Landlords to pay for noise problems

Some landlords said they should not be responsible for their tenants’ behavior.

by Courtney Blanchard

A new ordinance that went into effect this month will allow Minneapolis police to fine landlords for their tenants’ noise violations.

The law is stirring discussion with some University-area landlords who say they shouldn’t be responsible for their tenants’ behavior.

“They’re asking me to be a policeman,” said Steven Schachtman, who has managed properties near campus for 38 years with Steven-Scott Management.

Schachtman said he went to the City Council and opposed the proposal before it passed. He said he doesn’t think the city can enforce it and that he won’t manage his buildings any differently than before the ordinance went into effect.

“This ordinance solves nothing,” he said.

Diane Hofstede is the City Council member for the 3rd Ward, which includes Dinkytown.

“I think it’s a combination of people who need to be respectful,” Hofstede said. “(And) landlords (who) need to screen tenants.”

Hofstede said the ordinance holds landlords accountable and requires property owners to be good managers.

Matt Howe, who manages properties in Dinkytown with his family’s business, G. Howe and Sons Rentals, said he agrees with the ordinance.

“I deal with (issues) at the front,” he said.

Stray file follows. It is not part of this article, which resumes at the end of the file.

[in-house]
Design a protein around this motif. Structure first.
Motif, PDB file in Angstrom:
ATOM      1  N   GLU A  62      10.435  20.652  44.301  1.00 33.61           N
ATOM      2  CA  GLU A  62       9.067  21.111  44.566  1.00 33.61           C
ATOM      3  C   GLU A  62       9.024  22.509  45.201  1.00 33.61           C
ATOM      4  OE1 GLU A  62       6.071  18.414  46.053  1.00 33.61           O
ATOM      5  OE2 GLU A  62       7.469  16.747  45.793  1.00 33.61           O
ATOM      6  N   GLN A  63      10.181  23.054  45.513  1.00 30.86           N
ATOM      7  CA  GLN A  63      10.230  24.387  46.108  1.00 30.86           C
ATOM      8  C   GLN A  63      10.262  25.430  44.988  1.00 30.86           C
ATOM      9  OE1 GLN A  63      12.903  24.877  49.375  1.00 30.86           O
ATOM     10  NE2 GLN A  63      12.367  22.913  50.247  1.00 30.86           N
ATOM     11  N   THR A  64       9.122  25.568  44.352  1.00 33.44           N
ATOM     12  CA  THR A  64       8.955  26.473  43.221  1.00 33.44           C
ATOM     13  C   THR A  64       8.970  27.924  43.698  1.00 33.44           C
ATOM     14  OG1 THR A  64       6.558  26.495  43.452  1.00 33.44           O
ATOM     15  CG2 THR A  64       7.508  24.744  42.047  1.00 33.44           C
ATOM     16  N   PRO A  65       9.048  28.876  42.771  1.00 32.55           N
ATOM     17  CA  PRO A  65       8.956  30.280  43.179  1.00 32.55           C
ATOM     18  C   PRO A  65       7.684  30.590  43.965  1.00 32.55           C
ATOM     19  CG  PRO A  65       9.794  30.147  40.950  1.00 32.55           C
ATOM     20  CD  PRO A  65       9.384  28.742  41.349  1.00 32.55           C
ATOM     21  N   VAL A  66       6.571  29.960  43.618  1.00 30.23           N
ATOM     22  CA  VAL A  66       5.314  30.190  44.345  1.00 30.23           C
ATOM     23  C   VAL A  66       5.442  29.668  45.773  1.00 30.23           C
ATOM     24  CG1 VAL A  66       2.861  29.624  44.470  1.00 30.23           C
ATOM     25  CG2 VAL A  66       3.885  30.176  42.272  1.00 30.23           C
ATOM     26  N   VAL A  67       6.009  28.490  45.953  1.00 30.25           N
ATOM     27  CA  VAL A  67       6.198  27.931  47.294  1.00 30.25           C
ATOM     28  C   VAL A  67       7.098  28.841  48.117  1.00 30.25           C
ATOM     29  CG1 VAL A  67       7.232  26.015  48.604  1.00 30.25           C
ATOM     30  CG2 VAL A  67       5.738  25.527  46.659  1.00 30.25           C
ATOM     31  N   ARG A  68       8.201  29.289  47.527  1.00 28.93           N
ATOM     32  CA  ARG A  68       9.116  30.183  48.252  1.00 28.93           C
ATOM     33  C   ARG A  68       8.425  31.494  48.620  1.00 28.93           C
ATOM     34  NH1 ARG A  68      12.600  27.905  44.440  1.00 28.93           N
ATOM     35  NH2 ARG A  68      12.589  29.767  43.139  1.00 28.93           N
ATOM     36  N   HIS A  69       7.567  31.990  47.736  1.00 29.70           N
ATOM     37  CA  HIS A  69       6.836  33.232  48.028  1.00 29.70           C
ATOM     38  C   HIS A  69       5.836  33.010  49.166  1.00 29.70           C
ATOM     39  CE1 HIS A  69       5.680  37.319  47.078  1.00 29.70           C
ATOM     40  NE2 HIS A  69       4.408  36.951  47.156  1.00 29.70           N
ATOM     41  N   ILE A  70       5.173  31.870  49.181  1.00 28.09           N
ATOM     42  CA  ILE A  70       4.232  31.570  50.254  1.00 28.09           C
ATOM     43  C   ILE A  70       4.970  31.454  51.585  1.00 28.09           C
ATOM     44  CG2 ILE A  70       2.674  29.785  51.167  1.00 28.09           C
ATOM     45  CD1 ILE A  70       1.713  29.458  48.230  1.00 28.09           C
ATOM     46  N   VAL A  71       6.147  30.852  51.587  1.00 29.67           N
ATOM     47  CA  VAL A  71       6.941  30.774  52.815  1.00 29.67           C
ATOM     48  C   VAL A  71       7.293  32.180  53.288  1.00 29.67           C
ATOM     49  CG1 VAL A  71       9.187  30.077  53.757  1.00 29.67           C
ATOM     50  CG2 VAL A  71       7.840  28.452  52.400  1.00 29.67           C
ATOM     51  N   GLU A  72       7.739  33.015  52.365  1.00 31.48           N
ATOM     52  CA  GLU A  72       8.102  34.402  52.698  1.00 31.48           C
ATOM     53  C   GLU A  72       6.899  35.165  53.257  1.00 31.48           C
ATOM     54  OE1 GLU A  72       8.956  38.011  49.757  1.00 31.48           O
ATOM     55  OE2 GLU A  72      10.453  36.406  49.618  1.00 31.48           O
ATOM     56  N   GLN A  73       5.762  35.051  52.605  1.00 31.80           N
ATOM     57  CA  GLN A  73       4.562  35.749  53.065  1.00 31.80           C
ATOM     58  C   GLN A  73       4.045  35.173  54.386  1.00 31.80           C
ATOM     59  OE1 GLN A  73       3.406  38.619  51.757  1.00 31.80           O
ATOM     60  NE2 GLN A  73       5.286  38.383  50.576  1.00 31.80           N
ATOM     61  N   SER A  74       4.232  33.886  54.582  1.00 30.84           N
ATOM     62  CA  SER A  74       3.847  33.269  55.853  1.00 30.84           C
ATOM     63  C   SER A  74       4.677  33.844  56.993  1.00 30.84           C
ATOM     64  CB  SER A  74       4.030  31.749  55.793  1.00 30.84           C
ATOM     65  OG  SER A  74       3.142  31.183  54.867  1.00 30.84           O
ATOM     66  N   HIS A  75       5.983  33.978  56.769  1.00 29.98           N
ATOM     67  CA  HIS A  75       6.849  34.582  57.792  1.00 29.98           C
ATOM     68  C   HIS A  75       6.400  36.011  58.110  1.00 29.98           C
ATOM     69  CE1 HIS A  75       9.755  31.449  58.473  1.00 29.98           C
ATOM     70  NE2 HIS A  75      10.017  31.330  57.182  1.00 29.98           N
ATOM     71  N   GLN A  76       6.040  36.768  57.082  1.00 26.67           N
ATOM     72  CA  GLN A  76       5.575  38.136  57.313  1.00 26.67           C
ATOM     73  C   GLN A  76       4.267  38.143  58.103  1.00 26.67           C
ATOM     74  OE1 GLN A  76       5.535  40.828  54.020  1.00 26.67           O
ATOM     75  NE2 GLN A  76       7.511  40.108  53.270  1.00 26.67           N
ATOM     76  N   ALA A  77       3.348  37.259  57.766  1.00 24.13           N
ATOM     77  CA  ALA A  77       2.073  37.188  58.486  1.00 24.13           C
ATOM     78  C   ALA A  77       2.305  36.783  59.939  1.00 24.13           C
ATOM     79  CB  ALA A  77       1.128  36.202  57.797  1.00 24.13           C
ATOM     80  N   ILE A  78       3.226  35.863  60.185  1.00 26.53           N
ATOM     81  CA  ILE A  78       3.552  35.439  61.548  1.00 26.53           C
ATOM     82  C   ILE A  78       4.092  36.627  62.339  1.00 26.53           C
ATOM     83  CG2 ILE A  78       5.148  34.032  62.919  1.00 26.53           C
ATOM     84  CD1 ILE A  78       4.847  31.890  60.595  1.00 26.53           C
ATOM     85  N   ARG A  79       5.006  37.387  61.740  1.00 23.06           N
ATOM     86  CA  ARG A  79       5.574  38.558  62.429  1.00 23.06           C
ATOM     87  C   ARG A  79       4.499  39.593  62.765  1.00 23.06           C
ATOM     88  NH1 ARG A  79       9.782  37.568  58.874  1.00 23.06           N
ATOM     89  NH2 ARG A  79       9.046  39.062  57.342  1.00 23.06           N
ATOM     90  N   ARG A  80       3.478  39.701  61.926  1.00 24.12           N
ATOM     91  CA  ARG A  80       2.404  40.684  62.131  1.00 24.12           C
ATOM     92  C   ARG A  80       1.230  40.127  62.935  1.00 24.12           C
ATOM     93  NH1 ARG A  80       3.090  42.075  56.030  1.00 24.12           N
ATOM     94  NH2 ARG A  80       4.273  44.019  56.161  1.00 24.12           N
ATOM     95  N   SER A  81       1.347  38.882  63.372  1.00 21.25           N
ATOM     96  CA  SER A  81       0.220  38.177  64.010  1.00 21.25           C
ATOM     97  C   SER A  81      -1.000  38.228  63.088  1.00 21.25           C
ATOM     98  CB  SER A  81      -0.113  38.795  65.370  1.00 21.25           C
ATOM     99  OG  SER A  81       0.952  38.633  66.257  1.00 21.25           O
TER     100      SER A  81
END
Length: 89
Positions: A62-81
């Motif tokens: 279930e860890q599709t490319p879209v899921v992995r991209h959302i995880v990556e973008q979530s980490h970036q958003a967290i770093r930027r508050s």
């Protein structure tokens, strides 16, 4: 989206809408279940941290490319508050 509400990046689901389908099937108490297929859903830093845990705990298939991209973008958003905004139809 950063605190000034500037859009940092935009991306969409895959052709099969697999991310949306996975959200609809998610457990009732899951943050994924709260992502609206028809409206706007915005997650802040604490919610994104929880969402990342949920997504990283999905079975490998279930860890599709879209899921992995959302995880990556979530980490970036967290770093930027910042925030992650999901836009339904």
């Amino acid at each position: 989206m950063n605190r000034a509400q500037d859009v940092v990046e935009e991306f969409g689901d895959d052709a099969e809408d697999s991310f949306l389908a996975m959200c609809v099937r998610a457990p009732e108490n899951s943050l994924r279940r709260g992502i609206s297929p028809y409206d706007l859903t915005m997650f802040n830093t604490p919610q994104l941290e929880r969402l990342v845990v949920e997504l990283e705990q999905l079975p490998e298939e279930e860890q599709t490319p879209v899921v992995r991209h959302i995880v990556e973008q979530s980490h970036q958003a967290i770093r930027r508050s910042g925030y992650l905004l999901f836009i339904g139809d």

Howe screens his tenants and includes a stipulation in his leases about noise violations and other disturbances that allow him to deduct fines from tenants’ security deposits.

“It’s coming out of their pockets,” he said.

English senior Ryan Murphy lives on campus in The Melrose apartments, and said he’s had building security knock on his door with only a gentle warning. But Murphy, who is moving out in August, said that if landlords tacked a fine onto his rent, he probably would stop throwing parties altogether.

“It’s one of those things that, if it came out of my security deposit, I might not notice,” he said.

James De Sota, neighborhood coordinator for the Southeast Como Improvement Association, said he thinks the ordinance at least will get property owners’ attention.

He said noise violations are an issue in his neighborhood, and college students aren’t the only “obnoxious” tenants.

De Sota said landlords who receive a citation can erase it from the record by attending a rental management workshop held by the city, which he said “looks at different ways to run their property to satisfy everyone.”

The goal is to have landlords with a citation call police and work with the department to correct the problem, said Tim Richards, community attorney for the 2nd Precinct.

The department then will recommend such things as sending the tenants a warning letter or an eviction, and the severity is decided on a case-by-case basis, Richards said.

“Landlords hold the hammer over the students,” Richards said.

If a landlord continues to receive citations, his or her license could be revoked, he said, putting pressure on the landlords to address the problem.

After three occurrences of disorderly conduct on a property within a one-year period, the landlord can lose his or her license, said Carol Oosterhuis, crime prevention specialist for the 2nd Precinct. The occurrences aren’t limited to noise violations.

Jason Klohs, a landlord with property in Dinkytown and Southeast Como, said he agrees that landlords need to be responsible and the issue of noise should be addressed. But, he said, the fines should be given to the students and be large enough to discourage repeat offenses.

“I’ll just move in with all my renters and baby-sit them every Friday and Saturday night,” Klohs said.